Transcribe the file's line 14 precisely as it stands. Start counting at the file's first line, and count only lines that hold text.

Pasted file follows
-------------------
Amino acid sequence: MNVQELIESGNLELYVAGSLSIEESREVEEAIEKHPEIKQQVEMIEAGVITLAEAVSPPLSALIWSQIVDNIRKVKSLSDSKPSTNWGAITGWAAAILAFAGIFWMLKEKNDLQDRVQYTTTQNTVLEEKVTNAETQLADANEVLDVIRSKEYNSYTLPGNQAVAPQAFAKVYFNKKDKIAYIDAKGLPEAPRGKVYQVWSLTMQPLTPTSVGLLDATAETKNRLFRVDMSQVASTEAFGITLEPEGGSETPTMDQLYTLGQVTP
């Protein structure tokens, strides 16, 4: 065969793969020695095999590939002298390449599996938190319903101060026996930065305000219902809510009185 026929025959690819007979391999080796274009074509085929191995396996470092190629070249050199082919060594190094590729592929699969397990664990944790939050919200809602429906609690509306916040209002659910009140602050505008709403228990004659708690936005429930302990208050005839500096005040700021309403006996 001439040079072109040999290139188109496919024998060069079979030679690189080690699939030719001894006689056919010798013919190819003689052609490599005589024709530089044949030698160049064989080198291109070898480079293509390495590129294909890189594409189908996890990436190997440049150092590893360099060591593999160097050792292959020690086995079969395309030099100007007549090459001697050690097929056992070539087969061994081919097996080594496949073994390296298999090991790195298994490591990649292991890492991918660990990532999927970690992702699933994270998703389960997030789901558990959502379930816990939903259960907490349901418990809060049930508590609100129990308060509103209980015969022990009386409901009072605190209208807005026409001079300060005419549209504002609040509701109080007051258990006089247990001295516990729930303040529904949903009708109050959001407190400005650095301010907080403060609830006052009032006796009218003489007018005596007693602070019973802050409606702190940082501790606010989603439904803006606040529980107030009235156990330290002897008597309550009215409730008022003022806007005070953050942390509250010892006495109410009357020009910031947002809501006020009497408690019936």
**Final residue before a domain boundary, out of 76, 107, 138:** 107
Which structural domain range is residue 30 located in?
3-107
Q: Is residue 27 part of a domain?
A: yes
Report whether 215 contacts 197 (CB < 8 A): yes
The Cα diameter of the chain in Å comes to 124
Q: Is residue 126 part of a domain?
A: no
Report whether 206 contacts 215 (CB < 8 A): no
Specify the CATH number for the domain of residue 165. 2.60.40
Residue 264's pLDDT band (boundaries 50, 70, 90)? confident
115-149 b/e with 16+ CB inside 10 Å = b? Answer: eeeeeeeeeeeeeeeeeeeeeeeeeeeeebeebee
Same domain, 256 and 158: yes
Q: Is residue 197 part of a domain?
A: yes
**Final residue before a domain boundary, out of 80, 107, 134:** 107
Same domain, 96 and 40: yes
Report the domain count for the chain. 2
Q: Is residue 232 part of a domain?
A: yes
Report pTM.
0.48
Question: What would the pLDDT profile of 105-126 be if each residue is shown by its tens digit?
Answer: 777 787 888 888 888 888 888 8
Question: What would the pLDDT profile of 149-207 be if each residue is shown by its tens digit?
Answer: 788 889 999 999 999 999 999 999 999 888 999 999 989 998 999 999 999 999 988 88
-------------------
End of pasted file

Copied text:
Residue 264's pLDDT band (boundaries 50, 70, 90)? confident